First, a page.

-by David Mein
If you call yourself an introvert, what do you mean? Do you mean that you prefer to stay home and watch a movie over going to a party? Do you mean that you find small talk tedious? Do you mean that you and all other introverts belong to one camp and all extroverts to another? Do you mean that extroverts are the enemy?
That might be taking it a bit far, but that’s certainly how it can sound when “introverts” get into a group (particularly on internet message boards or *ahem* blogs) and start complaining about extroverts. This is why I think it’s important to remind ourselves that there is no such thing as an introvert or an extrovert. Of course, there is such a thing as introversion and extroversion, but these exist on a continuum, and no one is entirely one or the other. To quote Carl Jung, the psychologist who coined the terms introversion and extraversion*, “there is no such things as a pure extravert or a pure introvert. Such a man would be in the lunatic asylum.”
That’s not to say that such terms are useless. “Introvert” and “extrovert” are perfectly fine words to describe another person or yourself. Of course, it would be more correct to say that someone is “more introverted” or “more extroverted,” but there’s no problem as long as everyone is on the same page.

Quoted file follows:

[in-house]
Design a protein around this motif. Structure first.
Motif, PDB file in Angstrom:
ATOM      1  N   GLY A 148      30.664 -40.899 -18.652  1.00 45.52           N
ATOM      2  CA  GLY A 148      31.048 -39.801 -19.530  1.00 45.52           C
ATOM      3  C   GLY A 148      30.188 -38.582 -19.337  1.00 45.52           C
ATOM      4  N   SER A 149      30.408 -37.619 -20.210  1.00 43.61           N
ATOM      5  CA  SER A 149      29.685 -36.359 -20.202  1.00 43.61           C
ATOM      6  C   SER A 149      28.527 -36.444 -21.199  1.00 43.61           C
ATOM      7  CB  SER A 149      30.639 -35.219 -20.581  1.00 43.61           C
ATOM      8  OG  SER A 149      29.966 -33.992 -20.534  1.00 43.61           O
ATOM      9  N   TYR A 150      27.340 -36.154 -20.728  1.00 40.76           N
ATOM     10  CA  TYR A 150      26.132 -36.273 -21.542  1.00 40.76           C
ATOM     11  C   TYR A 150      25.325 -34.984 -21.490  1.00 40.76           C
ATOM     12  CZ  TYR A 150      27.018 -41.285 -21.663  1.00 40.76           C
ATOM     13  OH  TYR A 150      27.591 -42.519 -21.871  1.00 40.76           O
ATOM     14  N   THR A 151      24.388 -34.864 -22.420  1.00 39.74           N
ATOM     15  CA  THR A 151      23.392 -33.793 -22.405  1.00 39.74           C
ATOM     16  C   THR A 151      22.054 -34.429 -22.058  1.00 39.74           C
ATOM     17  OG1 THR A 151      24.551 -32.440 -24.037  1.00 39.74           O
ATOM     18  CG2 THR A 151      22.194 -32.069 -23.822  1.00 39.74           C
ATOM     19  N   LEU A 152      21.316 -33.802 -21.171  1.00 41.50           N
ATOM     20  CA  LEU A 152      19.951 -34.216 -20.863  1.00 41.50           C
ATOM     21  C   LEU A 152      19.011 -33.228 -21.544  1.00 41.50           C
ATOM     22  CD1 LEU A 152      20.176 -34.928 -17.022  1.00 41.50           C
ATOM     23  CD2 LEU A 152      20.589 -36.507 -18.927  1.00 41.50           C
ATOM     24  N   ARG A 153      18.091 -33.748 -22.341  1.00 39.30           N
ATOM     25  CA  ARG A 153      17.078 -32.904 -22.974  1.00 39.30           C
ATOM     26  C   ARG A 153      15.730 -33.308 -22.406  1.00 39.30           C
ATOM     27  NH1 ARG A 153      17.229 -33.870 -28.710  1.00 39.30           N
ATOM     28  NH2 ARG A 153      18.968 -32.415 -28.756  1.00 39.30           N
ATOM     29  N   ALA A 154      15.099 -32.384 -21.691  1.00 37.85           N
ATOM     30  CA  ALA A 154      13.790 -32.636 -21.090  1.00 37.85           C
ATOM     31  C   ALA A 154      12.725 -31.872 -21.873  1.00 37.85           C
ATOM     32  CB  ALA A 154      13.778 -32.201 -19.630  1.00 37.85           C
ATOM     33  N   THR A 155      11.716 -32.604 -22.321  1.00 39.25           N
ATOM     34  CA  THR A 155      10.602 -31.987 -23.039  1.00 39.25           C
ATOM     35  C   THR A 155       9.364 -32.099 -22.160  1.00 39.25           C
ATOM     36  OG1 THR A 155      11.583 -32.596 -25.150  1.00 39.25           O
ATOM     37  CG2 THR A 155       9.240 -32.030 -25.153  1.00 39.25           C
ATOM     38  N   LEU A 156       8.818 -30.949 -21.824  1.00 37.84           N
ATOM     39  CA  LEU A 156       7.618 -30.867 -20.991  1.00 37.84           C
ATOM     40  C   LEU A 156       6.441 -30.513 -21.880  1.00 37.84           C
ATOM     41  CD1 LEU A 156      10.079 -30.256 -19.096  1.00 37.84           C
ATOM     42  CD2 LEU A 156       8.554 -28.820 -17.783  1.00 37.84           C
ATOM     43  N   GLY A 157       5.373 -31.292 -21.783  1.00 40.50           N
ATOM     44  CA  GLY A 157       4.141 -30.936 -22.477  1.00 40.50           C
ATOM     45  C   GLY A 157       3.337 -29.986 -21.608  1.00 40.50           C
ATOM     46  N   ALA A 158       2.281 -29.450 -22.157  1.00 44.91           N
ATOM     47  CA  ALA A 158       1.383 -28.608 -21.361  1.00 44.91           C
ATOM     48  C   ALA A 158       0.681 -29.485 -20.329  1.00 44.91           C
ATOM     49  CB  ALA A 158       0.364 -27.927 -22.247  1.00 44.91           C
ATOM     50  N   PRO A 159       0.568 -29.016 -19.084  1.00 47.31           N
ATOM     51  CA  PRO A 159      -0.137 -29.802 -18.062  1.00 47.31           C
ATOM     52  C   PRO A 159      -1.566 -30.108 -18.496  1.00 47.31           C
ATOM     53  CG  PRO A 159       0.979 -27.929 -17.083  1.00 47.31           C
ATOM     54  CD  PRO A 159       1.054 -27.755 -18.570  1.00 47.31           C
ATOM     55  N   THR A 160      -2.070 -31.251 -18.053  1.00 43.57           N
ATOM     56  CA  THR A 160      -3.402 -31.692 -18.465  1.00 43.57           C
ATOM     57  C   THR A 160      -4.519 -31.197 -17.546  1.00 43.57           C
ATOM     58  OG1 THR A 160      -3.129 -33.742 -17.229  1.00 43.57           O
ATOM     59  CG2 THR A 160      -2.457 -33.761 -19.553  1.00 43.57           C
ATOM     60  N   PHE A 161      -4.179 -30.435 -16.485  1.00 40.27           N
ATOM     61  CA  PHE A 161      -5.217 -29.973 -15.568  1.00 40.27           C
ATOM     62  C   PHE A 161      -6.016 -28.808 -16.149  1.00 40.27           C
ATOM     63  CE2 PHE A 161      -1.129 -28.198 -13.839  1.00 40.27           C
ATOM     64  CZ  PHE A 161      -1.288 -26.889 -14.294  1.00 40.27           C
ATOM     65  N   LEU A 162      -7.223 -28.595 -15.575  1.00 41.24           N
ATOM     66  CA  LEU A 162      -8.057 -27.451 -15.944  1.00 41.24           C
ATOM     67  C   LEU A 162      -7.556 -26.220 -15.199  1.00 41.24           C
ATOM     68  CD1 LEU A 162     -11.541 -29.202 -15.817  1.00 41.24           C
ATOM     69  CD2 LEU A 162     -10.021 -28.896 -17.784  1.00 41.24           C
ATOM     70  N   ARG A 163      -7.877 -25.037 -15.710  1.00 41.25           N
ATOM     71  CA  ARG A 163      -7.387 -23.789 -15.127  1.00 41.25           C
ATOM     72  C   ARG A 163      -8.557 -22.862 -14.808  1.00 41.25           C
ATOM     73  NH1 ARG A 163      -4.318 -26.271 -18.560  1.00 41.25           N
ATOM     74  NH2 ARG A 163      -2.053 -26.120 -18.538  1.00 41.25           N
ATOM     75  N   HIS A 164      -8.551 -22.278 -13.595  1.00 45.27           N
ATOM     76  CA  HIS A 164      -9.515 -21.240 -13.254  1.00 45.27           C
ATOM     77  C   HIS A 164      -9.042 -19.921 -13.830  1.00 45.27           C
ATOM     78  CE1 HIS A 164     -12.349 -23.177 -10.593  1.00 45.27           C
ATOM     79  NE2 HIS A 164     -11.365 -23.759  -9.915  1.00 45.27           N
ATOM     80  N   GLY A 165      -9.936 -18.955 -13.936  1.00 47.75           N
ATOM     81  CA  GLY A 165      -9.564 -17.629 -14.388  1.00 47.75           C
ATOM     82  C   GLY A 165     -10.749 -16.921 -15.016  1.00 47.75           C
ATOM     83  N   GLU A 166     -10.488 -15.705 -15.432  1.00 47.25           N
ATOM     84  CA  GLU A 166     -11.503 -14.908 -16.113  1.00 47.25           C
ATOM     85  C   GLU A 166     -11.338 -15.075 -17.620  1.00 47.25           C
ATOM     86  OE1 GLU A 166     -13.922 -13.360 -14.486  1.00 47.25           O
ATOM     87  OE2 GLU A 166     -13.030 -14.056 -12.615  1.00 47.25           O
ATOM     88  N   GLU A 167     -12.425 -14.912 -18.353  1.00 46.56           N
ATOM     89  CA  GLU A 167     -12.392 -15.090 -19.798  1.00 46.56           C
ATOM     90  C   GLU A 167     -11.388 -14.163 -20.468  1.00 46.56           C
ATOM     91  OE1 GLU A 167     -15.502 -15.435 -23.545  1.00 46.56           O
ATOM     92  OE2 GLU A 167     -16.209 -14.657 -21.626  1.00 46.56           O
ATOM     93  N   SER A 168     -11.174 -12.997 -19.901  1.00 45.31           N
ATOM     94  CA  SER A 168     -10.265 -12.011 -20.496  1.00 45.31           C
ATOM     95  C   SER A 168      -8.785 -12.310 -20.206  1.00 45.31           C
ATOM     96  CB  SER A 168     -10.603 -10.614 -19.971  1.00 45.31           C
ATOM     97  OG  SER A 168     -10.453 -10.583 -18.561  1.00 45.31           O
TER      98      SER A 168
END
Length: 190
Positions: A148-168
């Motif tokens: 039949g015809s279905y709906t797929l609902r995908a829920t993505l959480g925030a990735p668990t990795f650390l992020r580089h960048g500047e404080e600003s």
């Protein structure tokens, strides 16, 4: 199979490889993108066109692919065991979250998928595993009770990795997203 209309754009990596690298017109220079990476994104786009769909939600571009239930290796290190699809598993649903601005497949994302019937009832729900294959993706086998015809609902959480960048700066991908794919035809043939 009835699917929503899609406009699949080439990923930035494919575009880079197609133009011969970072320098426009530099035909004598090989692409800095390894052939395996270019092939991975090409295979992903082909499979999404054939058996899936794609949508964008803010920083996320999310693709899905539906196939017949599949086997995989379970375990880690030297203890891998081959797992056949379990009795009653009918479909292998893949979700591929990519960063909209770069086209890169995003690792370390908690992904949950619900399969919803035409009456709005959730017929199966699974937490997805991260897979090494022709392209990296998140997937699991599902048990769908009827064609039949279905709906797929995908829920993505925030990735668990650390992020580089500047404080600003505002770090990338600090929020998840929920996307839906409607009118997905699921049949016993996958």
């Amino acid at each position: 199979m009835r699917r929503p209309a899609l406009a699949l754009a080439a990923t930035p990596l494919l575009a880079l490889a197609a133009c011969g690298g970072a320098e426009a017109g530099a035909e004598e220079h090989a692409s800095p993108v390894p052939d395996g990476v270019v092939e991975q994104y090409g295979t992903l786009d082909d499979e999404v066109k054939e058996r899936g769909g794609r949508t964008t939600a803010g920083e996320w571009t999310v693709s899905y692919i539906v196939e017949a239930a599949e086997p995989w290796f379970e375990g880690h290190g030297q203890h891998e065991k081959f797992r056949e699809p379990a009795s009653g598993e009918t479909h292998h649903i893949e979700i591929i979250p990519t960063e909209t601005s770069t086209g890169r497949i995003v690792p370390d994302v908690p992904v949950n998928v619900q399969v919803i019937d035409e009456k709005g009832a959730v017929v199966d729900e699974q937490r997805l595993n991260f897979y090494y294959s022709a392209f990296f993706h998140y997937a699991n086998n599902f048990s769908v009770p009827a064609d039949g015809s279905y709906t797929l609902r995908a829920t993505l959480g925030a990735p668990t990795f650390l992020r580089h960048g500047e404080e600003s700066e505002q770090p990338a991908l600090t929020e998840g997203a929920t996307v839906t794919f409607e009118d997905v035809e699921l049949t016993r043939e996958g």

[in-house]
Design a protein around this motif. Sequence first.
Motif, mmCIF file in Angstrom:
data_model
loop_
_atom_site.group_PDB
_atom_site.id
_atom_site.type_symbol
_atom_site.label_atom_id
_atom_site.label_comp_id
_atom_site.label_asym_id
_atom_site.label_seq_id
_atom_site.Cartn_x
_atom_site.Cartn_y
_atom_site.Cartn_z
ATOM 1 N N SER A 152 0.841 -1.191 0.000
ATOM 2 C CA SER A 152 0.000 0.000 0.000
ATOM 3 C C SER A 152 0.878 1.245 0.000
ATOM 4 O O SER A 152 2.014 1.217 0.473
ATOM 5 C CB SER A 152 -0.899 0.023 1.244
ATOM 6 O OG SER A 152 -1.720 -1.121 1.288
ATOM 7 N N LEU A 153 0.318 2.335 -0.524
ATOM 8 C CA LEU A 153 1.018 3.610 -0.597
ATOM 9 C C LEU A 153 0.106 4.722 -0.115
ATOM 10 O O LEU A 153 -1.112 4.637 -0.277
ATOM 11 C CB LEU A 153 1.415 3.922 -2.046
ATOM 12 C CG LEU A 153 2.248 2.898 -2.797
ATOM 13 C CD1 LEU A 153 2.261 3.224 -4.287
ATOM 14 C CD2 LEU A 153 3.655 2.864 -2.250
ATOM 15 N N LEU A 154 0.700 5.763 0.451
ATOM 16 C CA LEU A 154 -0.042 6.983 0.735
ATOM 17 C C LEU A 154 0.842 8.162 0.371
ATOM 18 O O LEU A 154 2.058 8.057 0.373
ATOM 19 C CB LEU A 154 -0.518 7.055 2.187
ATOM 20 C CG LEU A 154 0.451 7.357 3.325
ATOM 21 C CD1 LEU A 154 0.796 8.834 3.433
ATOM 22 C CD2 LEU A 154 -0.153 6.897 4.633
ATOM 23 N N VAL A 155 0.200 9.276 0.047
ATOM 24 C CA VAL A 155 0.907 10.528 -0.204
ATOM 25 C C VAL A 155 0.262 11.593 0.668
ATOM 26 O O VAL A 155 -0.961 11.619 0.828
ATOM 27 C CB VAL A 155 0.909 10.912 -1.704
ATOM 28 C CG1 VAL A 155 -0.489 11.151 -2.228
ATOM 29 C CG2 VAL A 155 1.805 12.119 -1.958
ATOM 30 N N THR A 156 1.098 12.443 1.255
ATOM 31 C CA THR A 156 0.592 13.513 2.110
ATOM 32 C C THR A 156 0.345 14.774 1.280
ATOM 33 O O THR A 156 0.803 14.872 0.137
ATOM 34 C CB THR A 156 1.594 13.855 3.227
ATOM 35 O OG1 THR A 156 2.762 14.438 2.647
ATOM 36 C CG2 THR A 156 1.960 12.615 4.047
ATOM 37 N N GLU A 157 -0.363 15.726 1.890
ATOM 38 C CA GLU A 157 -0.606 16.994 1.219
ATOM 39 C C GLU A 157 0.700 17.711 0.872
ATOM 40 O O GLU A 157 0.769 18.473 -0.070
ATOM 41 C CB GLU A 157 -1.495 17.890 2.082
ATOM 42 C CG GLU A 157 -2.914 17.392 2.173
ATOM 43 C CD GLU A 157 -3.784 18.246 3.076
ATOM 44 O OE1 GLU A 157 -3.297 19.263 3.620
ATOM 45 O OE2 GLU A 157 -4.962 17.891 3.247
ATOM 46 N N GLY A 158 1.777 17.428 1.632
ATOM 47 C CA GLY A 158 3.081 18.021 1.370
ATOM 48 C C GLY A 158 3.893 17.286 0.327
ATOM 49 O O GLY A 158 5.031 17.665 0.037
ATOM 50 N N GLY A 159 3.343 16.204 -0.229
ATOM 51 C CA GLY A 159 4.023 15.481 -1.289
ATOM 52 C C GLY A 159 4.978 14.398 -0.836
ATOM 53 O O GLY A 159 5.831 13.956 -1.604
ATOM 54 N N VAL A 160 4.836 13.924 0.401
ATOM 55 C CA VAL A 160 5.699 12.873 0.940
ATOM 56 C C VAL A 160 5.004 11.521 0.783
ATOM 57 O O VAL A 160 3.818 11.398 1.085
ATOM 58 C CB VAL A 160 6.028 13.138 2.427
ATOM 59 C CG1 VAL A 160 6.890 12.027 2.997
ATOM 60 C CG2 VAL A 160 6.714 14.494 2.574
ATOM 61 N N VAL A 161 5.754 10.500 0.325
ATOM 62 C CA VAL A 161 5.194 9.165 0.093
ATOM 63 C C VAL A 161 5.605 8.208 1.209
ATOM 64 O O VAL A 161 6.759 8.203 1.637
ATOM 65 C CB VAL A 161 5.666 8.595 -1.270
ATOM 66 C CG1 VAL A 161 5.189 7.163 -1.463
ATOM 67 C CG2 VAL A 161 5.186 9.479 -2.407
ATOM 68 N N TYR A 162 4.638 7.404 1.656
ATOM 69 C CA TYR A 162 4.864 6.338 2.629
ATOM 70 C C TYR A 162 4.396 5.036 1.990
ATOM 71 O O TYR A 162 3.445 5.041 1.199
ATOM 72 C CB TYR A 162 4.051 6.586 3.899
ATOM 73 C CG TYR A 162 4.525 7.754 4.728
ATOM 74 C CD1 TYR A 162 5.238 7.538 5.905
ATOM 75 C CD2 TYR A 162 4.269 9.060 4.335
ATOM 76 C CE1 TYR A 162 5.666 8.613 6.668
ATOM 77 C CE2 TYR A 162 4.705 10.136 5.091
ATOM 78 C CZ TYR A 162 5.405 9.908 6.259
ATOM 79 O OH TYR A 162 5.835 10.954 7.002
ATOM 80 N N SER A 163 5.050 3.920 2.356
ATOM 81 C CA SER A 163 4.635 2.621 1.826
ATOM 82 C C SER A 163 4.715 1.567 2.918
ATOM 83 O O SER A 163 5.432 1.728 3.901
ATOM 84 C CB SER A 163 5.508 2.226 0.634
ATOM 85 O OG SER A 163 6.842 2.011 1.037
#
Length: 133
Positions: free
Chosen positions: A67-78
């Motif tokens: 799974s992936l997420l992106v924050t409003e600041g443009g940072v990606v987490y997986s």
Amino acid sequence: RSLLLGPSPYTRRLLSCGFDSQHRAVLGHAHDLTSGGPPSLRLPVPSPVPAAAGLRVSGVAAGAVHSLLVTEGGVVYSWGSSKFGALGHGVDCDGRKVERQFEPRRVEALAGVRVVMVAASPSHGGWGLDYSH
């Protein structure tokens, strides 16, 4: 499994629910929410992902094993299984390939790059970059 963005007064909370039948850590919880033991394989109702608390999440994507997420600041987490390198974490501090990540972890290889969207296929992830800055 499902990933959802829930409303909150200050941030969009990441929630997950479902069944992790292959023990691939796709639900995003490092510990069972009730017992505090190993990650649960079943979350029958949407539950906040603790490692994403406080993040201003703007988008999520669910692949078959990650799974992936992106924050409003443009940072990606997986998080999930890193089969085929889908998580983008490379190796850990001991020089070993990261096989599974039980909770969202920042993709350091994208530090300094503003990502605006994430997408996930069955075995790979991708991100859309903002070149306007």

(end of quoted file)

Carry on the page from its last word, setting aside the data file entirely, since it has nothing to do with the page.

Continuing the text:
“Introvert” as an identity, is also a useful way of understanding yourself. If you prefer quiet nights at home to parties, it’s great to be able to find other people like yourself. It’s particularly useful to have an alternative to extroversion. If you prefer quiet nights in to loud nights out, it’s a good thing to know that you’re just introverted, not that there’s something wrong with you.
This becomes a problem, however, when people start using introversion not to understand themselves, but to define themselves and, in particular, when they use it to divide themselves from extroverts. There’s no harm in complaining every now and then about little everyday annoyances, including annoying people, but it should be clear why a statement like “I can’t stand extroverts” is completely ridiculous. Since no one is either one or the other, the complainer, of course, has their own extroverted tendencies. The complainer is also assuming that the person being complained about acts the same way all the time. In fact, we can imagine a scenario in which there is some other “introvert” out there who happened to meet the original complainer at a moment when they were being more extroverted, complaining about the “extrovert” they ran in to.
At the same time, defining yourself as an introvert becomes a problem when you use it as a reason to limit yourself. As I explained in an earlier post, introversion should never be used as an excuse for why you can’t do something.
Understanding introversion is a great way to understand ourselves, enabling us to grow as who we are, rather than trying to be someone we’re not. There’s no need for introversion to become another dividing line among people. We already have enough as it is.
*Throughout this blog, and even in this post, I intentionally use the spelling “extrovert,” something that Susan Cain does, too, and even makes a special note about in her book Quiet. I am using the difference in spelling to differentiate between the actual scientific term “extraversion” and “extroversion” as it’s popularly understood and used.